Based on an excerpt of Tolstoy’s epic War and Peace, Natasha, Pierre & the Great Comet of 1812 is inventive and energetic, an immersive spectacle of a show. Seeing The Great Comet is an experience. From the almost otherworldly and intimate design, which includes staircases enabling the cast to ascend to the mezzanine, making interaction with the audience at all levels of the theatre possible, to the interactive elements, which see cast members toss boxes of pierogis into the audience and hand out egg-shaped musical shakers to wave in time with the music, The Great Comet embraces its uniqueness.
Immersive theatre has been a growing trend of late, but in some cases it can seem forced or even cringe worthy. Not so with The Great Comet. Although the cast recording is wonderful, and has definitely been on repeat in my apartment this month, the design and immersive aspects are such an integral part of the show that it’s actually difficult to picture a stripped down concert version of the musical. The cast fully commit to their part in the performance, creating a euphoric atmosphere that the audience can’t help but get swept up in.
This genre-hopping musical, described by creator Dave Malloy as “an electropop opera”, is based on twenty-two chapters of Leo Tolstoy’s War and Peace covering Natasha Rostova’s affair with Anatole Kuragin while her finance Prince Andrey is away at the front. After a disastrous visit with her future in-laws, and missing Andrey, Natasha is pursued by the handsome and rakish Anatole, a conquest aided by Anatole’s sister Hélène. However, Hélène’s husband, Pierre who has been a friend of Natasha’s family for years, as well as Natasha’s closest friend, her cousin Sonya, decide to intervene.
Walking into the Imperial Theatre, I found it difficult to believe this was even the same place where I had seen Les Miserables only a year earlier. The stage has been extended and reconfigured into raised walkways around both pockets of musicians and audience members seated at cabaret-style tables. Even before the show begins, there is a lot to take in, such as the walls draped with red velvet and covered in pictures, and the stunning starburst chandeliers, suspended from the ceiling to create an effect that is nothing short of magical. The set and lighting design is complemented by the costumes (designed by Paloma Young), which range from the elegant nineteenth century period wear adorning the main characters to the steampunk-inspired costumes worn by the energetic ensemble and even glowstick covered ravers in one memorable scene. The design is exquisite, creating an aesthetic that belongs to Natasha, Pierre & The Great Comet of 1812 alone.
I absolutely loved watching Denee Benton. As Natasha, she conveys the character’s youth, as well as her vanity and desire to be liked. In the hands of a less capable actress, I think it would be easy to dismiss Natasha as flighty and foolish, but Benton is so damn charming, and her wide-eyed naivete so convincing, that I completely believed that everyone has always liked Natasha. Her soprano seems effortless, but packs a punch, and with multiple cast members (Oak, Amber Gray, and Grace Maclean in particular) opting for a grittier and sometimes growly approach to their characters, her clear tone was a particular delight.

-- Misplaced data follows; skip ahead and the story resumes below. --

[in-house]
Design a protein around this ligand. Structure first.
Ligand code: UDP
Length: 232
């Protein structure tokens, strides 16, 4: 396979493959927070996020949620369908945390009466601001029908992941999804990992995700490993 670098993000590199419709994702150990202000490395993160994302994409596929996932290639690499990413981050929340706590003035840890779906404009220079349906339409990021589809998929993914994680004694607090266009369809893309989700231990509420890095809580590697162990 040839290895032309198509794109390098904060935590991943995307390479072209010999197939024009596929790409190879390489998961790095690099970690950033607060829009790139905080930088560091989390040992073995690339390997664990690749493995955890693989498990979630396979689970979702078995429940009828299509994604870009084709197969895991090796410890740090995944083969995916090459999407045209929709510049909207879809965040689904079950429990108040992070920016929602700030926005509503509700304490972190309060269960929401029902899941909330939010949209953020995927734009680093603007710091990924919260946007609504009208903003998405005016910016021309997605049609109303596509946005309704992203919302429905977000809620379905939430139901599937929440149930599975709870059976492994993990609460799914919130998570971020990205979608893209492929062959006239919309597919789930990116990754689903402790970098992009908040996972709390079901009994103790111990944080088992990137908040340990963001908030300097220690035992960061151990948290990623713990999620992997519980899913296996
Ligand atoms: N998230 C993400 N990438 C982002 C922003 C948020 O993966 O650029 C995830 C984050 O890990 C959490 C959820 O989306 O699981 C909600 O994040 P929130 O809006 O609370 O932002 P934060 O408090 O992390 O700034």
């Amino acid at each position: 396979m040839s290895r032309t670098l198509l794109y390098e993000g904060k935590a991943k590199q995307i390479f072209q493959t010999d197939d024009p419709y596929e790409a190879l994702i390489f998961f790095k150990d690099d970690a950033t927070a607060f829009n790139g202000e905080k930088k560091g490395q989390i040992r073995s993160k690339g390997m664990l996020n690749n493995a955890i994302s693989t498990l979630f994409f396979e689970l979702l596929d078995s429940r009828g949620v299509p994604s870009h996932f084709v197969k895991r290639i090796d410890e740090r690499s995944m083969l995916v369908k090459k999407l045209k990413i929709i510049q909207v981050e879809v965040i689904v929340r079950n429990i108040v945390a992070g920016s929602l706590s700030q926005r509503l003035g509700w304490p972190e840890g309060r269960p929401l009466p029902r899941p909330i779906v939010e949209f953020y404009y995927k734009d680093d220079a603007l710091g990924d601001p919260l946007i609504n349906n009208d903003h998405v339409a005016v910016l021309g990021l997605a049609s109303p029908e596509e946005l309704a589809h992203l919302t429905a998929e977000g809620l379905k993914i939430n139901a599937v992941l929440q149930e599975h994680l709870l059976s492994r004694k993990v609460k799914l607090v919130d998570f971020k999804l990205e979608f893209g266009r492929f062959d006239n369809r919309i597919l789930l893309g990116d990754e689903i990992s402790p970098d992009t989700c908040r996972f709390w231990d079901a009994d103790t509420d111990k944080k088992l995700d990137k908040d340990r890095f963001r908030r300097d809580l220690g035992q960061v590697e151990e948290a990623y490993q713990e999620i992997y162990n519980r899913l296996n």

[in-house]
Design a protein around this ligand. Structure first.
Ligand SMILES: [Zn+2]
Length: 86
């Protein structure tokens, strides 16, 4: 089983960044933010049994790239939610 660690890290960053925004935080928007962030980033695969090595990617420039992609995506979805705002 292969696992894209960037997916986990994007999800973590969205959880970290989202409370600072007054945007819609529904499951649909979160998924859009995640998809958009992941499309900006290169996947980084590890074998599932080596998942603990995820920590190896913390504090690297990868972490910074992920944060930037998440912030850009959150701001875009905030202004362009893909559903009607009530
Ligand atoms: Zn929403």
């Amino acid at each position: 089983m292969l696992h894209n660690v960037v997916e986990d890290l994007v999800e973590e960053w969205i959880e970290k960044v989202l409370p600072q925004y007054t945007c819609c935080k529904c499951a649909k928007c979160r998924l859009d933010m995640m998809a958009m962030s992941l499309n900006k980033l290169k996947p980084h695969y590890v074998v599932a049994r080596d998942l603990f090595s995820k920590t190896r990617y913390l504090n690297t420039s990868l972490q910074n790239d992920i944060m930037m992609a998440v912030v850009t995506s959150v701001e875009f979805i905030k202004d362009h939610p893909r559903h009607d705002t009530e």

One standout for me was Ashley Pérez Flanagan, the understudy for Sonya, who was on in the performance I watched. Admittedly I went in unfamiliar with the cast recording and not knowing who songwriter Ingrid Michaelson (playing the role of Sonya in a special engagement) was, so I didn’t realize Pérez Flanagan was on until the performance ended, but I thought she was absolutely lovely and performed a beautiful soulful solo on friendship in “Sonya Alone”.
Seeing the show only a week after the casting controversy that embroiled the Broadway community, I was most curious about Okieriete “Oak” Onaodowan as Pierre. Oak received an incredibly warm and well-deserved reception from the audience, including sustained and hearty applause following a moving rendition of “Dust and Ashes”. His Pierre was melancholic and self-pitying, and Onaodowan conveyed the character’s weariness with himself and with his life in a performance full of pathos. His voice may not be quite as clear as Josh Groban (who originated the role on Broadway and appears on the cast recording), it has more of an edge to it, but it’s strong, and suits the material extremely well. It’s a beautiful performance and I’m thrilled that I had the chance to see it.
Like everyone who sees this show, I also loved Lucas Steele as Anatole. The height of arrogance and vanity, his swagger is terrific and his tenor soars. This is really a show that highlights the entire cast though, and every actor, from the other featured roles to members of the ensemble, was enthusiastic and in the moment. It’s such an energetic show and must take so much to perform that I could envision a ‘The Great Comet Workout’ routine being a bit hit!
Although I loved my first (and sadly only) time visiting this eclectic take on nineteenth century Russia, I suspect Natasha, Pierre & The Great Comet of 1812 is the kind of show that grows on you and gets better with each viewing. It’s a visual feast with so much to take in, and so many different seating options for the audience, that I imagine theatre-goers could have an entirely different experience across multiple visits, and I am so disappointed that I will never get the chance to fully appreciate this wonderfully weird show from new vantage points.
It’s never easy for a less traditional show to find its way on the Great White Way, particularly given the casting kerfuffle that occurred last month, but I’m devastated that Broadway is losing this unique show, and encourage anyone who can to get themselves to the Imperial before September 3rd to bid Natasha, Pierre & The Great Comet of 1812 a bittersweet goodbye.